Monthly Archive for July, 2008

Chemical Cleaning Mistakes To Avoid

Do you make these mistakes in your facility?

That’s right, chemicals can kill! I am a qualified chef, food technologist and food safety auditor and if you knew what some food businesses were doing behind closed doors, I am sure it would shock you.
  • What do you know about your cleaning chemicals?
  • How safe are they?
  • Is price the best way decide on which chemical to use?
  • What should my chemical supplier be telling me?
I have just finished a food safety audit on a child care center. The center was trying to do the right thing by the environment and had purchased cleaning chemicals in good faith from a supplier who made claims about their chemicals containing natural ingredients and being safer for the environment. Now I am all for making the world a greener place and I try to be as energy conscious as I can, however this is what I found:
  • The chemicals came in flat pack bags, that reduced space during transport and storage and were intended to be diluted by the end user of the product prior to use. There were two labels for the same product (sanitiser), which contradicted each other (it meant that one product when diluted was 100 times more concentrated than the other (remember these chemicals are coming in contact with food contact surfaces)
  • All of the labels stated that chemicals should be diluted into a 5 litre container, apart from one, that needed to be diluted into a 20 litre container. The company only provided a 5 litre container in which to dilute the product (what do you do with an open bag of cleaning chemical???)
  • The food surface sanitiser and window cleaner were both the same colour.
  • The label of the sanitiser indicated that the product should be blue (when diluted the chemical was red). It was later discovered that the person responsible for mixing the chemicals, decided one day to change the colour – it should have been blue.
  • The chemical that should have been red was a degreaser
  • The material safety data sheet for the detergent indicated that the chemical should be green. The chemical was yellow.

Cleaning chemicals are vital in providing a safe food working environment, however they are also very dangerous if not used properly. I have three very simple rules for the storage of chemicals in food businesses:

  1. Chemicals must be clearly labelled
  2. Chemicals must be stored away from food storage and preparation areas
  3. Chemicals must not be stored in the same containers as food

Your chemical supplier should provide you with a Material Safety Data Sheet (MSDS) the first time that they supply you with chemicals. The MSDS should contain:

  • Name of chemical
  • The name and contact details of the supplier
  • The date of issue of the MSDS
  • The colour of the chemical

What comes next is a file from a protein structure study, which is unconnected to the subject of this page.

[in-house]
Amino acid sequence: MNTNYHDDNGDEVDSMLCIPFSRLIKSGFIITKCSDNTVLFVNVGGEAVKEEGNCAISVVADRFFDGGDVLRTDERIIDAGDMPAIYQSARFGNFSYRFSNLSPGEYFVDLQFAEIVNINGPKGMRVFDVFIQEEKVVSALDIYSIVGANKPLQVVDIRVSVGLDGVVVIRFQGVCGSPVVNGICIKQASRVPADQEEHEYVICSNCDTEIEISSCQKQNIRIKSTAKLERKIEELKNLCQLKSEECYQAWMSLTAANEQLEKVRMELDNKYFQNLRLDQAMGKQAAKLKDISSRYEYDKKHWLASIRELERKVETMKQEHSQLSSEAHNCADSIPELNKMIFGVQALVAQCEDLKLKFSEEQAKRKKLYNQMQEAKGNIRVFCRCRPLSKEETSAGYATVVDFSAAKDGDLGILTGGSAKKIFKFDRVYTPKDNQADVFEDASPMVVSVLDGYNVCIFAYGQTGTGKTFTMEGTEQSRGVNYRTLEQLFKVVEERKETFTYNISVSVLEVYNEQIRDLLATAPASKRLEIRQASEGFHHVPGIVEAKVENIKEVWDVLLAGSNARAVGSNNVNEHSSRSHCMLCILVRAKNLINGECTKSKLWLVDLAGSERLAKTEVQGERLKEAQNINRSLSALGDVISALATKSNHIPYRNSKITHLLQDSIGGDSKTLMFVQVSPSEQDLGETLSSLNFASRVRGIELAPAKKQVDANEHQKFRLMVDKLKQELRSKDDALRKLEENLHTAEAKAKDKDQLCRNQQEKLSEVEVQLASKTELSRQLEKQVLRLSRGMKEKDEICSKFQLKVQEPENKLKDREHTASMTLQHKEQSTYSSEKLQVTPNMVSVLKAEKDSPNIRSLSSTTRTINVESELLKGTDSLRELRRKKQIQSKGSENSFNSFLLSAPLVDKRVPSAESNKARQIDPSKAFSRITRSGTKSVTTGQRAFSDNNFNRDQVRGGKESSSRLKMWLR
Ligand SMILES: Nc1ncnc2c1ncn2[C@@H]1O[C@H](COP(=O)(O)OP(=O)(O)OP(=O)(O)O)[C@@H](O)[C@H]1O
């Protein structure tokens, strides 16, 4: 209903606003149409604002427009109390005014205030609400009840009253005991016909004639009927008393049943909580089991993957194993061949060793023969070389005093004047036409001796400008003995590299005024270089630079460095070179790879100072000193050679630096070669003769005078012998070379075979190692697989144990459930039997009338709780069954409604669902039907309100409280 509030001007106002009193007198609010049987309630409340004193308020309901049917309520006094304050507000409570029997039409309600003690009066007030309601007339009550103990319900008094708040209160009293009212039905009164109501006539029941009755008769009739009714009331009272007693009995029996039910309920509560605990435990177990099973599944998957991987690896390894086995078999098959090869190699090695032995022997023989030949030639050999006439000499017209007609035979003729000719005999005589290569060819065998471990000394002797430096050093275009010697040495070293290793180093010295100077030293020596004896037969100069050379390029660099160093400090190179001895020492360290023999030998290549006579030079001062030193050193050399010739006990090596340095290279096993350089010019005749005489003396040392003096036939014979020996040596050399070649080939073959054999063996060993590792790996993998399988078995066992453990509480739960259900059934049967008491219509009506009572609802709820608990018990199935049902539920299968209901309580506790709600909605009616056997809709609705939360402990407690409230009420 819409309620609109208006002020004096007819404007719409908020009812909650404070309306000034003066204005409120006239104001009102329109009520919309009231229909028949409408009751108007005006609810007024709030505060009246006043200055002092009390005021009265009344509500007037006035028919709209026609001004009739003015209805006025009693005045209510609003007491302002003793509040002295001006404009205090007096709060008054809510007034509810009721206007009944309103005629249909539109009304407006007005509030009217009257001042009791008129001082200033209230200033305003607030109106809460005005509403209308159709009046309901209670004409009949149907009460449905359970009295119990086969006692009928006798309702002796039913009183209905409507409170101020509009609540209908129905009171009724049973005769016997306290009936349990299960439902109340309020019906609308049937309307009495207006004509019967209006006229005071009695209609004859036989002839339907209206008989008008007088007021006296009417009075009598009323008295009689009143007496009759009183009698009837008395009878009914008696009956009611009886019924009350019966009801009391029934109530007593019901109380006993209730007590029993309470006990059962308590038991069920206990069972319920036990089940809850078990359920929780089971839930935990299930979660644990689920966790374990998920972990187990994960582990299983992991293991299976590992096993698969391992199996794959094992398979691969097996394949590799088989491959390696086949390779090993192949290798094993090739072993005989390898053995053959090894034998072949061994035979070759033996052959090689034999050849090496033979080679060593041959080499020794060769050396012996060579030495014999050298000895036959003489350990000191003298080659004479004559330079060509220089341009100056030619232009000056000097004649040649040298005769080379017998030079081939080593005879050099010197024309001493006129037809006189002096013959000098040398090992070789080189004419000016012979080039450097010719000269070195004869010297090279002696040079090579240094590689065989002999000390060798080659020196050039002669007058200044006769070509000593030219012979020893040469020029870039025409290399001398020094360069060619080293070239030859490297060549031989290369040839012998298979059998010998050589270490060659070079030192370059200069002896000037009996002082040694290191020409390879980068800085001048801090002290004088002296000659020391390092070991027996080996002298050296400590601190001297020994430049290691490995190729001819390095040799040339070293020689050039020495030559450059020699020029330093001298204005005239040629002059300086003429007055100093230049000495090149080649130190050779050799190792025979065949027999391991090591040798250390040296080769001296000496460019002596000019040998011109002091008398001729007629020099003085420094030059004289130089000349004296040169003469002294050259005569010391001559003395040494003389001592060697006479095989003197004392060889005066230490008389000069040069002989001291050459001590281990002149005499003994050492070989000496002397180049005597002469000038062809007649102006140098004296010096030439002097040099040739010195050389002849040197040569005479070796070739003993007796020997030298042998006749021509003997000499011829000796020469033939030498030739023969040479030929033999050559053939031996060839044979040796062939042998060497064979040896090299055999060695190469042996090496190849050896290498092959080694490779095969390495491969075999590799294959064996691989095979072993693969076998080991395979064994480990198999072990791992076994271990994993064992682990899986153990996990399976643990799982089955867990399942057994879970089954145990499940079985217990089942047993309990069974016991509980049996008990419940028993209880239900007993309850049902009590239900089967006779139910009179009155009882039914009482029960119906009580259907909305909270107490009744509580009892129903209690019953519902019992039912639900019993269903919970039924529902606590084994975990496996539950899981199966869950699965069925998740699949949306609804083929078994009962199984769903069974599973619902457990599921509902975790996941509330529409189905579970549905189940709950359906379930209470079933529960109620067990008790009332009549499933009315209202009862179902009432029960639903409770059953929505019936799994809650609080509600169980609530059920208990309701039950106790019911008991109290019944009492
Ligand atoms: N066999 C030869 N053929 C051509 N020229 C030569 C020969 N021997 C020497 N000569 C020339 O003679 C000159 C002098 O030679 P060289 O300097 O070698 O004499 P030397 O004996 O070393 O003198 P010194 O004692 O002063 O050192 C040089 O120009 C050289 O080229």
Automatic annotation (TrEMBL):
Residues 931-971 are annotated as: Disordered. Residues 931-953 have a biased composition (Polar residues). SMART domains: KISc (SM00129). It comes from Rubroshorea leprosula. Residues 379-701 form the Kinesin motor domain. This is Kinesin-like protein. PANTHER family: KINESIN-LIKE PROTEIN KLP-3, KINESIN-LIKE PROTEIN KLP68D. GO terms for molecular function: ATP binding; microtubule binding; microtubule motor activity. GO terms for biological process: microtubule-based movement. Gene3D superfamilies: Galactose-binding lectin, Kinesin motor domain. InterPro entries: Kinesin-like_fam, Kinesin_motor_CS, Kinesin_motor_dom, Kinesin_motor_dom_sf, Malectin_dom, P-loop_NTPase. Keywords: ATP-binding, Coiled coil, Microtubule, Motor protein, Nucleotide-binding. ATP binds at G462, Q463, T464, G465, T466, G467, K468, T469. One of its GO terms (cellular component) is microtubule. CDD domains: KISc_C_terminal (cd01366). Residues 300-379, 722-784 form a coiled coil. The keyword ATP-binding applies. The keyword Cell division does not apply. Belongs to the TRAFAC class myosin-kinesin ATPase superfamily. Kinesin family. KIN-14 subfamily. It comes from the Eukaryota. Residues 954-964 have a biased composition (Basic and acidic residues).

• The intended use
  • Dilution factors (if relevant)
  • First aid information
  • Personal protective equipment required for using the chemical
  • How to store the chemical
  • The composition of the chemical (active ingredients etc.)

These MSDS should be stored and be available wherever chemicals are used and stored. You should check to ensure your supplier is providing this information for you.

Some cleaning chemicals are incredibly dangerous and you need to make sure that you are using the chemical for it’s intended purpose. Often I see businesses that base their decision purely on price. If you are making this decision, you need to make sure you are comparing “apples with apples”. You need to check:

  • The dilution factor
  • What is included in the price. Good chemical companies will provide bottles, labels, training, posters etc. at no additional cost
  • The size of the containers. I am aware of at least two chemical suppliers who no longer sell chemicals in the large 25 litre bottles due to OHS requirements. All of their chemicals are sold in 5 litre and 1 litre bottles.

In my travels, these are some examples of poor decision making that I have seen:

  • One business changed chemical companies because the cost of the 25 litre bottle was $10 cheaper (20%), however the dilution factor of the cheaper bottle was 50ml per 10 litres of water, instead of 10ml per 10 litres. So they save 20%, but needed to use 500% more!!
  • One business purchased a sanitiser that was intended for an automatic dispenser and foaming machine, but was mixing it by hand. The dilution factor was 1:440. This meant that the business need just over 2ml per litre of water. How long will it take to use a 5 litre bottle at 2ml per litre. How hard is it to measure 2ml?
  • Chemicals stored in cordial bottles, tomato sauce bottles, measuring jugs, water bottles, stainless steel bowls, takeaway containers, Milo tins and food storage containers.
  • Chemicals (in a warehouse) stored in direct contact with bags of flour
  • Chemicals (in a hospital) stored in the pantries with biscuits, tea bags etc.
  • Chemicals (in a fresh chicken shop in a market) stored in the cool room (as they didn’t have room in processing area
  • A dishwasher that was not connected to chemicals at all
  • A meat slicer being “sanitised” with a caustic soda based window cleaner (even though they were clearly labelled and colour coded)
  • A disinfectant (that should be used in toilets) being used as a sanitiser on a production bench used for making mass amounts of sandwiches.

So how about you? What chemical catastrophes have you seen? Do you have any safe tips for the use of cleaning chemicals in food businesses?

What ever you, make sure that you…

Eat well. Eat safe!